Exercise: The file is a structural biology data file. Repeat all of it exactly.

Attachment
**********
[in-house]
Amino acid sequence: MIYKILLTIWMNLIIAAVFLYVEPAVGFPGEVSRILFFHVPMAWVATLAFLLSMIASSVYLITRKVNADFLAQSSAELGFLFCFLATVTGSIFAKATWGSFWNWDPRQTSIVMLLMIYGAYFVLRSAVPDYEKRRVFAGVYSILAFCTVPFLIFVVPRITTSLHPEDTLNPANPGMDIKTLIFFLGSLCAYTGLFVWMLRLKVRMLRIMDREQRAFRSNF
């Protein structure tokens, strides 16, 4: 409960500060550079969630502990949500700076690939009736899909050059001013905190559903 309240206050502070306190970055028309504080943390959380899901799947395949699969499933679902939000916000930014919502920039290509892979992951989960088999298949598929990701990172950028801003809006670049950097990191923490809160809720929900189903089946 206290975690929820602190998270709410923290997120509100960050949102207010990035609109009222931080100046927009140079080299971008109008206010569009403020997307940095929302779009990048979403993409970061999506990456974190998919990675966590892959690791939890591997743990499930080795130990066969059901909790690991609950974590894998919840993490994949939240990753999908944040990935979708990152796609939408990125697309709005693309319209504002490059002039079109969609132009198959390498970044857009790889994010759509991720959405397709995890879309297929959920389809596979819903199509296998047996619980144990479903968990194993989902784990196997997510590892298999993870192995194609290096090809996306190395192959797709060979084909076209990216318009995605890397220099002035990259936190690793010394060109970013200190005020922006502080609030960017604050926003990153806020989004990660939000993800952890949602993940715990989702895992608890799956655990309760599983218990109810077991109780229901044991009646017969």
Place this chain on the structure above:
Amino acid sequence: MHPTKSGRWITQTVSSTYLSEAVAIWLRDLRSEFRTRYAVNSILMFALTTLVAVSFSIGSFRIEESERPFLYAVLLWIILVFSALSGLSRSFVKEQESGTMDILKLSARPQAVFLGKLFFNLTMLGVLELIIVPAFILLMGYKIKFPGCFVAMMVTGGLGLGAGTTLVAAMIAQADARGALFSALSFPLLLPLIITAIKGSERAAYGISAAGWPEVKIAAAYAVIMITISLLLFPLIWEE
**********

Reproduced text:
[in-house]
Amino acid sequence: MIYKILLTIWMNLIIAAVFLYVEPAVGFPGEVSRILFFHVPMAWVATLAFLLSMIASSVYLITRKVNADFLAQSSAELGFLFCFLATVTGSIFAKATWGSFWNWDPRQTSIVMLLMIYGAYFVLRSAVPDYEKRRVFAGVYSILAFCTVPFLIFVVPRITTSLHPEDTLNPANPGMDIKTLIFFLGSLCAYTGLFVWMLRLKVRMLRIMDREQRAFRSNF
């Protein structure tokens, strides 16, 4: 409960500060550079969630502990949500700076690939009736899909050059001013905190559903 309240206050502070306190970055028309504080943390959380899901799947395949699969499933679902939000916000930014919502920039290509892979992951989960088999298949598929990701990172950028801003809006670049950097990191923490809160809720929900189903089946 206290975690929820602190998270709410923290997120509100960050949102207010990035609109009222931080100046927009140079080299971008109008206010569009403020997307940095929302779009990048979403993409970061999506990456974190998919990675966590892959690791939890591997743990499930080795130990066969059901909790690991609950974590894998919840993490994949939240990753999908944040990935979708990152796609939408990125697309709005693309319209504002490059002039079109969609132009198959390498970044857009790889994010759509991720959405397709995890879309297929959920389809596979819903199509296998047996619980144990479903968990194993989902784990196997997510590892298999993870192995194609290096090809996306190395192959797709060979084909076209990216318009995605890397220099002035990259936190690793010394060109970013200190005020922006502080609030960017604050926003990153806020989004990660939000993800952890949602993940715990989702895992608890799956655990309760599983218990109810077991109780229901044991009646017969």
Place this chain on the structure above:
Amino acid sequence: MHPTKSGRWITQTVSSTYLSEAVAIWLRDLRSEFRTRYAVNSILMFALTTLVAVSFSIGSFRIEESERPFLYAVLLWIILVFSALSGLSRSFVKEQESGTMDILKLSARPQAVFLGKLFFNLTMLGVLELIIVPAFILLMGYKIKFPGCFVAMMVTGGLGLGAGTTLVAAMIAQADARGALFSALSFPLLLPLIITAIKGSERAAYGISAAGWPEVKIAAAYAVIMITISLLLFPLIWEE